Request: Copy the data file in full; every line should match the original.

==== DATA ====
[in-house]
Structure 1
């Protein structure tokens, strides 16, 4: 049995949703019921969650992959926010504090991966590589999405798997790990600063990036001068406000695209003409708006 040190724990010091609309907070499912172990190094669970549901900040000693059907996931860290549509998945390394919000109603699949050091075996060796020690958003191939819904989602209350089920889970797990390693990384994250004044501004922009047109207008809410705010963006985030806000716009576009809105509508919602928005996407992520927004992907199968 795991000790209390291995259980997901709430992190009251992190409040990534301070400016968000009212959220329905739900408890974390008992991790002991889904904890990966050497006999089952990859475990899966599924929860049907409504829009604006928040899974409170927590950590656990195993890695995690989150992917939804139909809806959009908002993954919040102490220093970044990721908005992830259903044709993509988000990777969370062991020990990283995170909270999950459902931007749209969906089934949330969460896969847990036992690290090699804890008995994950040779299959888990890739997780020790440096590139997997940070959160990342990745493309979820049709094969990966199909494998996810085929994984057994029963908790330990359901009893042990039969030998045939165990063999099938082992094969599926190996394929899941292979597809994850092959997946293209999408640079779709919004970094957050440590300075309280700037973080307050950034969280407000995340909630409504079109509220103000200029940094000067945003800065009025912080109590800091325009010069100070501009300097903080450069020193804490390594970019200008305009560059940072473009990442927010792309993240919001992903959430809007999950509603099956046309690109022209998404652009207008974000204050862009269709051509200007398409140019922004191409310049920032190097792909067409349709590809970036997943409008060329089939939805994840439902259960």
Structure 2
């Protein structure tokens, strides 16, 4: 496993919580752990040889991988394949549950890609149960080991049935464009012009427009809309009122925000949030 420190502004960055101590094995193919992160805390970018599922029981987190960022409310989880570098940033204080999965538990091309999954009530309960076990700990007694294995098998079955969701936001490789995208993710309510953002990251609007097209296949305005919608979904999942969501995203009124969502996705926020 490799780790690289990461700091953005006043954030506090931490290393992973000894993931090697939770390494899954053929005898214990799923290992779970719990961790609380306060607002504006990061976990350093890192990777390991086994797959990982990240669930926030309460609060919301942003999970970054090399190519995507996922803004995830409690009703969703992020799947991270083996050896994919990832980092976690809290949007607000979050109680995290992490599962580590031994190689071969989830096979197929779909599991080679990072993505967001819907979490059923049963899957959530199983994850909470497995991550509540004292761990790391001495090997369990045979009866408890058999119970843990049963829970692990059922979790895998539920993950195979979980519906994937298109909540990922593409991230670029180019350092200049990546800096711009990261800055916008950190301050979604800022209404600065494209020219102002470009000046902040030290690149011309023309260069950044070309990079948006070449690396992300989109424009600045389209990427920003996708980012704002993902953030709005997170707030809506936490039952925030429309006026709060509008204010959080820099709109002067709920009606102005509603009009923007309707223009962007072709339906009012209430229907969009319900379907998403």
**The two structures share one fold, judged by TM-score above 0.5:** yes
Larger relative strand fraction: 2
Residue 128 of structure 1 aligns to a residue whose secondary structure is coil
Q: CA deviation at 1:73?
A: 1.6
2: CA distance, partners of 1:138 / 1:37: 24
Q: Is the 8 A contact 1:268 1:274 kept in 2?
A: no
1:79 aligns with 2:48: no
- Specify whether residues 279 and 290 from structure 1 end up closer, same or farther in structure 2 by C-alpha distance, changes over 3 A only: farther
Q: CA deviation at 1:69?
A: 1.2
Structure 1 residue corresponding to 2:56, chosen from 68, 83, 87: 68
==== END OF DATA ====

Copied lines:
[in-house]
Structure 1
């Protein structure tokens, strides 16, 4: 049995949703019921969650992959926010504090991966590589999405798997790990600063990036001068406000695209003409708006 040190724990010091609309907070499912172990190094669970549901900040000693059907996931860290549509998945390394919000109603699949050091075996060796020690958003191939819904989602209350089920889970797990390693990384994250004044501004922009047109207008809410705010963006985030806000716009576009809105509508919602928005996407992520927004992907199968 795991000790209390291995259980997901709430992190009251992190409040990534301070400016968000009212959220329905739900408890974390008992991790002991889904904890990966050497006999089952990859475990899966599924929860049907409504829009604006928040899974409170927590950590656990195993890695995690989150992917939804139909809806959009908002993954919040102490220093970044990721908005992830259903044709993509988000990777969370062991020990990283995170909270999950459902931007749209969906089934949330969460896969847990036992690290090699804890008995994950040779299959888990890739997780020790440096590139997997940070959160990342990745493309979820049709094969990966199909494998996810085929994984057994029963908790330990359901009893042990039969030998045939165990063999099938082992094969599926190996394929899941292979597809994850092959997946293209999408640079779709919004970094957050440590300075309280700037973080307050950034969280407000995340909630409504079109509220103000200029940094000067945003800065009025912080109590800091325009010069100070501009300097903080450069020193804490390594970019200008305009560059940072473009990442927010792309993240919001992903959430809007999950509603099956046309690109022209998404652009207008974000204050862009269709051509200007398409140019922004191409310049920032190097792909067409349709590809970036997943409008060329089939939805994840439902259960």
Structure 2
């Protein structure tokens, strides 16, 4: 496993919580752990040889991988394949549950890609149960080991049935464009012009427009809309009122925000949030 420190502004960055101590094995193919992160805390970018599922029981987190960022409310989880570098940033204080999965538990091309999954009530309960076990700990007694294995098998079955969701936001490789995208993710309510953002990251609007097209296949305005919608979904999942969501995203009124969502996705926020 490799780790690289990461700091953005006043954030506090931490290393992973000894993931090697939770390494899954053929005898214990799923290992779970719990961790609380306060607002504006990061976990350093890192990777390991086994797959990982990240669930926030309460609060919301942003999970970054090399190519995507996922803004995830409690009703969703992020799947991270083996050896994919990832980092976690809290949007607000979050109680995290992490599962580590031994190689071969989830096979197929779909599991080679990072993505967001819907979490059923049963899957959530199983994850909470497995991550509540004292761990790391001495090997369990045979009866408890058999119970843990049963829970692990059922979790895998539920993950195979979980519906994937298109909540990922593409991230670029180019350092200049990546800096711009990261800055916008950190301050979604800022209404600065494209020219102002470009000046902040030290690149011309023309260069950044070309990079948006070449690396992300989109424009600045389209990427920003996708980012704002993902953030709005997170707030809506936490039952925030429309006026709060509008204010959080820099709109002067709920009606102005509603009009923007309707223009962007072709339906009012209430229907969009319900379907998403």
**The two structures share one fold, judged by TM-score above 0.5:** yes
Larger relative strand fraction: 2
Residue 128 of structure 1 aligns to a residue whose secondary structure is coil
Q: CA deviation at 1:73?
A: 1.6
2: CA distance, partners of 1:138 / 1:37: 24
Q: Is the 8 A contact 1:268 1:274 kept in 2?
A: no
1:79 aligns with 2:48: no
- Specify whether residues 279 and 290 from structure 1 end up closer, same or farther in structure 2 by C-alpha distance, changes over 3 A only: farther
Q: CA deviation at 1:69?
A: 1.2
Structure 1 residue corresponding to 2:56, chosen from 68, 83, 87: 68